Press Generate and Glyphs will create the new glyphs as component copies of the denominators. Then, push them down with Filter > Transformations, just this time with a negative Translate Y value.
Proceed to File > Font Info > Features and press the Update button, and Glyphs generate both the
subs and the
sinf feature with them. And you’re done, congratulations!
All of the steps described above are pretty tedious. I understand you very well if you wish all of that could be automated. I was in the same situation. That is why, in the mekkablue script collection, there is the Build Glyphs > Build Small Figures script. When you run it, you get a dialog that looks like this:
And it does exactly what it says, so using it should be pretty straightforward:
- In the Default Suffix field, type in the suffix of your ‘base’ small figures. I.e., everything that follows the mere
two, etc. Typically, this will be
.dnomfor the denominators, because denominators tend to stay on the baseline, so they are a good starting point.
Your default figures should be outline-based, i.e., not contain other small figures as components. If you are unsure, use the Decompose small figures with Default Suffix option.
- In the Derivatives, list all the suffixes of the derived small figures, each of them followed by a colon and a vertical offset value in units. Separate multiple entries with commas. If the suffix has a dot, do not forget to include the dot. E.g.,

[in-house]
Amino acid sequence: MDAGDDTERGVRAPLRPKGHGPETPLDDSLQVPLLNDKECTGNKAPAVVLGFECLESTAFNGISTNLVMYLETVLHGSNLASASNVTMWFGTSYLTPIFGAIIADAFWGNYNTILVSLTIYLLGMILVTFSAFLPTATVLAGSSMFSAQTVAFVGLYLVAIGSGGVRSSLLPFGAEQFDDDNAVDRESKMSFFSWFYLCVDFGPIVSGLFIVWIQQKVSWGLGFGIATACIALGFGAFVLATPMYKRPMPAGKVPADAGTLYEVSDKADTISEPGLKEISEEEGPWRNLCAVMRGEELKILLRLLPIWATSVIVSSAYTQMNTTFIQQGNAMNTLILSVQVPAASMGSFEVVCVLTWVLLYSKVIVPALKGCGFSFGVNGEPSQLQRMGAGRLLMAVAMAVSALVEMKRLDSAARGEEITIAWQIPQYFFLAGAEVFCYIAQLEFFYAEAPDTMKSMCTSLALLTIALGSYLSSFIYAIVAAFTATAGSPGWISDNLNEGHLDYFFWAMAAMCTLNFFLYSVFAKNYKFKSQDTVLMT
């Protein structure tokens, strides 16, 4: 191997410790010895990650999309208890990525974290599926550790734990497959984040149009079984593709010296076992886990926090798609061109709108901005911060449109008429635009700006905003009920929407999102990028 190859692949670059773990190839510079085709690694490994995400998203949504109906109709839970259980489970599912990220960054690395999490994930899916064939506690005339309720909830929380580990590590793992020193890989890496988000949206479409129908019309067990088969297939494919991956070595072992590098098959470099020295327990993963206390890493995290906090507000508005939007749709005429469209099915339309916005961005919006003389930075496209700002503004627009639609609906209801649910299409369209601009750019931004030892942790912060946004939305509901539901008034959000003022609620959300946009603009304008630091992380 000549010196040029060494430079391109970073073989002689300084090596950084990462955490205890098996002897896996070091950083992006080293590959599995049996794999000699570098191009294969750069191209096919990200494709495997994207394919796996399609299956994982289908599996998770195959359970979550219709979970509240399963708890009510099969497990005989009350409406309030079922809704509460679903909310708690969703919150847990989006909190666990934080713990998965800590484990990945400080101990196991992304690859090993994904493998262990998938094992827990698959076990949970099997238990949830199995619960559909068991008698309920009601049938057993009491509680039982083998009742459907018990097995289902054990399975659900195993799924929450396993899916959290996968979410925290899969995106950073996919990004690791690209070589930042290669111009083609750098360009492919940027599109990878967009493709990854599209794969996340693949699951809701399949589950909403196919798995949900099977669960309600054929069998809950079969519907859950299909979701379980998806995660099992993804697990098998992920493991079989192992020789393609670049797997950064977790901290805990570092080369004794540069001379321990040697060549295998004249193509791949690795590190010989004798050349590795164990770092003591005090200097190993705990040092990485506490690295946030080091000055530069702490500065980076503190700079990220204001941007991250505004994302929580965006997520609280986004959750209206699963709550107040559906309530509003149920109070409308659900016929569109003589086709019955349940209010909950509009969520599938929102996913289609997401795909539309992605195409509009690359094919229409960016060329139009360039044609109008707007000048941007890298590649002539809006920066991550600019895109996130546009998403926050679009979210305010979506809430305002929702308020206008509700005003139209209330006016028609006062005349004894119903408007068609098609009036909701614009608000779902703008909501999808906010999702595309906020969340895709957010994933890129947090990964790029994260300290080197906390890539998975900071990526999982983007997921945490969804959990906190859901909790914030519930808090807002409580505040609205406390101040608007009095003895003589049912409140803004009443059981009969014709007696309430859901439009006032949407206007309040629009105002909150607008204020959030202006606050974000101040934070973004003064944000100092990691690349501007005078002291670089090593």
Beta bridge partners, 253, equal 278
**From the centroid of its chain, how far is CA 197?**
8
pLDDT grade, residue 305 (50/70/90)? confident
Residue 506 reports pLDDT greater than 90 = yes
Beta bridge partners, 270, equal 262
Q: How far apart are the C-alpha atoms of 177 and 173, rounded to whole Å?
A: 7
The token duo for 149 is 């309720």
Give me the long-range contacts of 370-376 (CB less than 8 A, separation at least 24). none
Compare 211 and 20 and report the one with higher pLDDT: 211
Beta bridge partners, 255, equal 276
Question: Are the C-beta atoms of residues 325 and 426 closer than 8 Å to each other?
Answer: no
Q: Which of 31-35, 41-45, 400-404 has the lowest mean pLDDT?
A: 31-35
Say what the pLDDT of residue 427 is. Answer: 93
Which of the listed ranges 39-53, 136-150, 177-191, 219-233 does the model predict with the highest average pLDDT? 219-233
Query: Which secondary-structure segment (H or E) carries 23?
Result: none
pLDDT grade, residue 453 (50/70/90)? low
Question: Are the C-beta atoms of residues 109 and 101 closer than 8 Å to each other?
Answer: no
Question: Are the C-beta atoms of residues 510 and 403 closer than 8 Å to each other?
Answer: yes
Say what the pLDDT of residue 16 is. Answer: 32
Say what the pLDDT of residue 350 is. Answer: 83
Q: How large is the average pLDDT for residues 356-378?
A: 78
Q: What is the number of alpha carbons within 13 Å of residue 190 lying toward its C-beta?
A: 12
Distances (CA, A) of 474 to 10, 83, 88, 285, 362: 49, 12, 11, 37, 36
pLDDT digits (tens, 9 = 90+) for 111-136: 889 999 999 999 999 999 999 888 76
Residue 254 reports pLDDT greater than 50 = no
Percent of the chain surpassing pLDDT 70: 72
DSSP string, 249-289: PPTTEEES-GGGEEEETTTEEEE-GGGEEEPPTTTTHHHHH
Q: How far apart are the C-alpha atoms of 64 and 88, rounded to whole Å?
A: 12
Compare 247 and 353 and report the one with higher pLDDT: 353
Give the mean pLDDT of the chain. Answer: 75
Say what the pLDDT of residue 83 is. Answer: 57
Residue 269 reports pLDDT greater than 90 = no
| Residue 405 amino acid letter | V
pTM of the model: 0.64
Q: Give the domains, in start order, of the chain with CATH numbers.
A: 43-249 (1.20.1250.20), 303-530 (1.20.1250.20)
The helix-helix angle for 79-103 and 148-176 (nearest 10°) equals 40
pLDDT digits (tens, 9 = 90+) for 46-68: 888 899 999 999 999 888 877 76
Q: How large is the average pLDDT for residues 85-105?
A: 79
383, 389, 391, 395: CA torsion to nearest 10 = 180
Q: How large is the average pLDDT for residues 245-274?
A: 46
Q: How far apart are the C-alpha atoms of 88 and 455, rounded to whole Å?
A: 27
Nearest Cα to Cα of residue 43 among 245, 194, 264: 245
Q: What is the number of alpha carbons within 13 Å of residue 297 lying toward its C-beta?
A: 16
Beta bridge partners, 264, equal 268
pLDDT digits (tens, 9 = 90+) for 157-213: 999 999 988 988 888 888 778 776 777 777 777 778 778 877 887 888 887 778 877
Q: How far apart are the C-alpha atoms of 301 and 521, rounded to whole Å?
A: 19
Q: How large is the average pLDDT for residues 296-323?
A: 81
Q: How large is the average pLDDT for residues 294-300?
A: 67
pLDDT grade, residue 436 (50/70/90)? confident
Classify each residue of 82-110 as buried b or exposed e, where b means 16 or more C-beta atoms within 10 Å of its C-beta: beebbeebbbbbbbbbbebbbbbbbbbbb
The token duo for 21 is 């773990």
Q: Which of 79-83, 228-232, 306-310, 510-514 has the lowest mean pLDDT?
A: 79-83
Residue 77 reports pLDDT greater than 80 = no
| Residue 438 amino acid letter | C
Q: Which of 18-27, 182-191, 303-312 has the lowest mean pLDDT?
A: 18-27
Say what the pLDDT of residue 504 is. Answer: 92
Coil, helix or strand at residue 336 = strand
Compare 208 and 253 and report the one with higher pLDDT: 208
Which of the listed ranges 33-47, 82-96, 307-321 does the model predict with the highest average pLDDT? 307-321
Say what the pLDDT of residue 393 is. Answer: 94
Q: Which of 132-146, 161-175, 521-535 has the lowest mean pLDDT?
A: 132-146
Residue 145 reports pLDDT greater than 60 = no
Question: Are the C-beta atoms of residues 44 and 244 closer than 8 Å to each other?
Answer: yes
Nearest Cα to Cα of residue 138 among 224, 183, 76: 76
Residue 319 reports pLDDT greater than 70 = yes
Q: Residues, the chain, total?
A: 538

.numr:250, superior:350, inferior:-125.
- Press the Build button. The script will then rebuild the small figures as composites. As components, it will use the figures with the default suffix.
Cool. Glyph creation and composite transformation all in a single step. And with the time saved, we can go for a coffee now.
Edge case Avoiding semantic change
If, for whatever reason, you want to avoid the semantic changes we mentioned above, or you need to keep semantic superiors apart from pure OpenType superiors, then use the
.sups suffix for your superior figures. Why? Because glyphs with dot suffixes do not get Unicode values. Here is a recipe for that:
zero.dnom=zero.sups one.dnom=one.sups two.dnom=two.sups three.dnom=three.sups four.dnom=four.sups five.dnom=five.sups six.dnom=six.sups seven.dnom=seven.sups eight.dnom=eight.sups nine.dnom=nine.sups
Similarly, if you need to differentiate between
sinf, or avoid the semantic change mentioned above, use both the
.subs suffixes, including the periods. Instead of the undotted
inferior figures, that is. To get the party started, here is the glyph recipe for Glyph > Add Glyphs… (Cmd-Shift-G):
zero.dnom=zero.sinf one.dnom=one.sinf two.dnom=two.sinf three.dnom=three.sinf four.dnom=four.sinf five.dnom=five.sinf six.dnom=six.sinf seven.dnom=seven.sinf eight.dnom=eight.sinf nine.dnom=nine.sinf zero.dnom=zero.subs one.dnom=one.subs two.dnom=two.subs three.dnom=three.subs four.dnom=four.subs five.dnom=five.subs six.dnom=six.subs seven.dnom=seven.subs eight.dnom=eight.subs nine.dnom=nine.subs
Then, Path > Transform will help you move the figures into the right position again. Do not forget to update your features in File > Font Info > Features before you export your font.
SAMPLE FONT: MARTHA, COURTESY OF LISA SCHULTZ.
Update 2019-05-06: updated instructions for Glyphs 2.6. Thx @madigens. Also updated links and explained semantic change.
Update 2019-12-10: added section about the script.
Update 2020-01-11: corrected minor typo.
Update 2020-03-25: changed title.
Update 2022-08-01: updated title, related articles, minor formatting, minor text updates for Glyphs 3, all screenshots in Light Mode, replaced expression ‘compound’ with ‘composite’.